Some of us experience God not as “He Who Does” but as “That Which Is” – the inherent oneness, the great Echad of all creation. And the feminine divine spirit is represented by Shechinah, a holy presence from which we draw comfort and strength and inspiration: It’s a vision of Shechinah that comes to mind when Leira leads us in singing, “Shelter us beneath your wings, oh Adonai….”
But many Jews do not believe in a divine entity at all. In fact, according to the Pew Research Center, just four out of every ten Jews (41% ) definitely believe in God or in a divine spirit of some kind. (This is far fewer than the seven out of every ten Americans of all faiths combined (71%).) More than half of us, then, either question or don’t believe in the active God of the Book of Jonah or in a spirit like Shechinah.
How can non-believers, whether agnostic or atheist, be Jewish? For them, Judaism is not about the actions of a supernatural power, but about the behavior of responsible human beings. Like members of the American ethical culture movement, their emphasis is on “deed” rather than “creed.”
Those non-believers among us most likely would have responded positively if they were in Washington, D.C., a few Decembers ago, and saw one of the ads sponsored by the American Humanist Association that were placed on the sides of the DC buses. “Why believe in a god?” their ads asked. “Just be good for goodness’ sake.” From the perspective of the AHA – and many Jews – Jonah, the sailors, and the citizens of Nineveh could have just as well become better people without a vision of God hovering over them, threatening imminent destruction.
And so there must be a lot of mixed reaction here and wherever Reform Jews are pondering the story of Jonah today. Those who believe literally in the God described in the Book of Jonah may seek a clue from it about what it will take to earn God’s compassion in the coming year. Those who hear it metaphorically, look for some relevance to the issues in their own lives: what is the best thing to do when you’re threatened by waves of debt or of doubt; when you’ve messed up so badly that your life needs to be yanked back from the depths; when you feel like circumstances have you confined in a small space at the bottom of the ocean, with seaweed wrapped around your head? Those who don’t take the story too seriously one way or another, may simply feel comforted by the tradition of reading the same selection that we heard as children on Yom Kippur, and that our parents and their parents did. And for those who are here out of habit or coercion, Jonah’s challenges probably serve as a backdrop rather than a focus for what’s on their minds.
Do our differences matter? Or is this diversity simply the inevitable outcome of the Jewish heritage – to wrestle like Jacob, to question like Moses, even to hesitate like Jonah, and ultimately to think for ourselves?
I’d like to suggest that the most important question is whether we can find a way to bring our varied images of God to bear on a shared vision of our Jewish community. It’s a challenge!
First in this congregation’s list of mission statements, for example, is, “To worship God in accordance with the beliefs and teachings of Reform Judaism.” Now, “worship” is just one kind of Jewish prayer. The others – confession, thanksgiving, and supplication – can be engaged in even without belief in a divine being: You can openly acknowledge your mistakes (confess); you can nurture what Oprah calls an “attitude of gratitude” (be thankful); and you can fervently hope for the best – all without necessarily appealing to a higher power. But if you are worshipping, there has to be someone or something being worshipped. We hear this in Jonah’s words: “… You brought my life up from the pit, the Eternal, my God. [So] with a song of thanksgiving, I will sacrifice to you.”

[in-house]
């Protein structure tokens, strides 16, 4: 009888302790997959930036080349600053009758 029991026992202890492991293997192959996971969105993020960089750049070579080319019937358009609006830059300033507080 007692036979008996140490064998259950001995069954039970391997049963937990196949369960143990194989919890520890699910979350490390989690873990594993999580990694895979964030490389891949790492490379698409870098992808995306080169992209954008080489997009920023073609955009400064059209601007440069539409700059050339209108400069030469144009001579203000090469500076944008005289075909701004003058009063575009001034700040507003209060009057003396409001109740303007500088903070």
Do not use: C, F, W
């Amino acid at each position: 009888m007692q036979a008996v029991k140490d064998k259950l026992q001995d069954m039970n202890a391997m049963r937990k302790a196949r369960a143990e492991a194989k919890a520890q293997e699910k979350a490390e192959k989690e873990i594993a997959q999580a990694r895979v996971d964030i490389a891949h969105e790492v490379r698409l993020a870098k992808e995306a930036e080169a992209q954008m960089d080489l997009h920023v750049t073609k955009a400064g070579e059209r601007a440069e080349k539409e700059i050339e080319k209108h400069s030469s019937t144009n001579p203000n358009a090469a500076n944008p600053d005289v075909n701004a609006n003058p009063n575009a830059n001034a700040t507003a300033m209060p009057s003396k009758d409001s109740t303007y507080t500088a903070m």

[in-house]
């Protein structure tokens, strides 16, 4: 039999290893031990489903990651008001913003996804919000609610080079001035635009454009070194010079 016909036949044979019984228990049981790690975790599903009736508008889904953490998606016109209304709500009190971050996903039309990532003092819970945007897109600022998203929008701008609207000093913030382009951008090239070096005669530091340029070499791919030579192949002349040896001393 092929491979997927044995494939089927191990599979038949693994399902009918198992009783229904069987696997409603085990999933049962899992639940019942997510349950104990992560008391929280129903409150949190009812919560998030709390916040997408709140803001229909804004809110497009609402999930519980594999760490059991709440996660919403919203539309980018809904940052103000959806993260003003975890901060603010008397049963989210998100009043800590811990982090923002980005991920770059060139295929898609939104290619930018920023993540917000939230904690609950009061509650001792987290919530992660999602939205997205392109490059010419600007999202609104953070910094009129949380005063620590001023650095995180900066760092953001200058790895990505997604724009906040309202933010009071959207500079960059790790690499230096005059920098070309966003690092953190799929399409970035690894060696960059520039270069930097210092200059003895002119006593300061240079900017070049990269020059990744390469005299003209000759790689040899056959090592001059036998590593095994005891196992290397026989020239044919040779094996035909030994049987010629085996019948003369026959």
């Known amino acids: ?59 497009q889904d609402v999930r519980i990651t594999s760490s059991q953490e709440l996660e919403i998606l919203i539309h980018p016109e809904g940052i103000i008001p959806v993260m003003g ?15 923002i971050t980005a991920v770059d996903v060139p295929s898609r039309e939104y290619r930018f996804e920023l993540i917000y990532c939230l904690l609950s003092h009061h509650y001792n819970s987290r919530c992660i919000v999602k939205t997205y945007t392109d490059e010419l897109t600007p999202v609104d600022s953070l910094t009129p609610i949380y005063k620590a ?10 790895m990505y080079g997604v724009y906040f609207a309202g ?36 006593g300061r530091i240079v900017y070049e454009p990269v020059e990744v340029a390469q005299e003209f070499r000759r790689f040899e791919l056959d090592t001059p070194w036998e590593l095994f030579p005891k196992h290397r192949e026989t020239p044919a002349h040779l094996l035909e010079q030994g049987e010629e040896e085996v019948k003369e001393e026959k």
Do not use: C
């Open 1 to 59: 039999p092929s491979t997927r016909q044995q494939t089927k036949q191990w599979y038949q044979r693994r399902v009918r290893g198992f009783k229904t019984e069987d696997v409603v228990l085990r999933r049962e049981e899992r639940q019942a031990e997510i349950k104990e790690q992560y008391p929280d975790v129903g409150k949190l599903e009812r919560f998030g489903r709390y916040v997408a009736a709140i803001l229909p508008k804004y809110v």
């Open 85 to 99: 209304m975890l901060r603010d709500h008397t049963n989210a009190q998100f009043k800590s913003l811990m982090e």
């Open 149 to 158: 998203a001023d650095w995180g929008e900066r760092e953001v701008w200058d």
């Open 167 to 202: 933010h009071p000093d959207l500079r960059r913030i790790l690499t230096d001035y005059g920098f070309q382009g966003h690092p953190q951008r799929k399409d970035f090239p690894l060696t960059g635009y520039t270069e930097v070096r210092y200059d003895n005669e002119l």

I have to admit that, after almost 6 decades of deliberate Reform Jewish life — and despite ten years of Reform Jewish religious school, three years of basic Hebrew education, and a great summer at Camp Swig — I don’t know what “worship” means in a Reform Jewish sense! I know it’s no longer the kind of sacrifices Jonah refers to. Certainly not the exaggerated, almost comical expressions of piety of the residents of Ninevah. Not the “I-better-do-this-to-avoid-getting-drowned” conversion of the sailors. What does worship mean to those who don’t relate to an anthropomorphic deity who does things to and, hopefully, for us? What does it mean to those who don’t believe in a divine being, but recognize a divine spirit? And how can it be meaningful to those who’ve concluded that Judaism doesn’t require believing at all – who may even see a focus on “worship” as a distraction to “ethical action?”
Largely ignoring those questions, our contemporary liturgy continues to refer to an active God, like the one in the Book of Jonah, who intervenes in individual lives and in human history, when clearly this is not an image that speaks to the majority of us. This is the language that we’ve inherited, language that reflects the vision — the pillar of smoke — that has brought the Jewish people this far, despite our having been threatened by some pretty strong winds and stormy seas. But it shuts out many whose thoughts about Judaism and living a Jewish life are different than those traditional words express.
It’s difficult to weave together into a single tapestry the variety of Jewish perspectives that we collectively represent.
We’re not going to agree on what or whom we worship, or if we should worship at all. But perhaps we can begin by agreeing on what we don’t venerate or idolize. Whether or how we conceive of God’s existence, whether we believe that the story of Jonah is a literal, eyewitness news account from the eighth century BCE, or a metaphor that conveys some timeless wisdom, or an outmoded fairy tale, we can recognize together the inherent truth when Jonah cries out, “Those who cling to worthless idols forfeit the grace that could be theirs.”
Whether or how we envision God, together we can seek a goodness bigger than our selves. Because if we “cling to worthless idols” – if what we serve is our own willful hearts and stiff-necked arrogance; if we are devoted to our greed; if we cannot let go of the judgmental minds that Rabbi George cautioned us about erev Rosh haShanah or of the fears that Laura so powerfully described the next day; if we continue to worship our biological or emotional addictions – we too risk destruction, both individually and collectively. “Those who cling to worthless idols forfeit the grace that could be theirs.”
As we approach the end of this long day of prayer and contemplation, the light through these windows is starting to fade. This is the moment: To release our worthless idols. To claim the grace that can be ours. To open our hearts to compassion, whatever its source.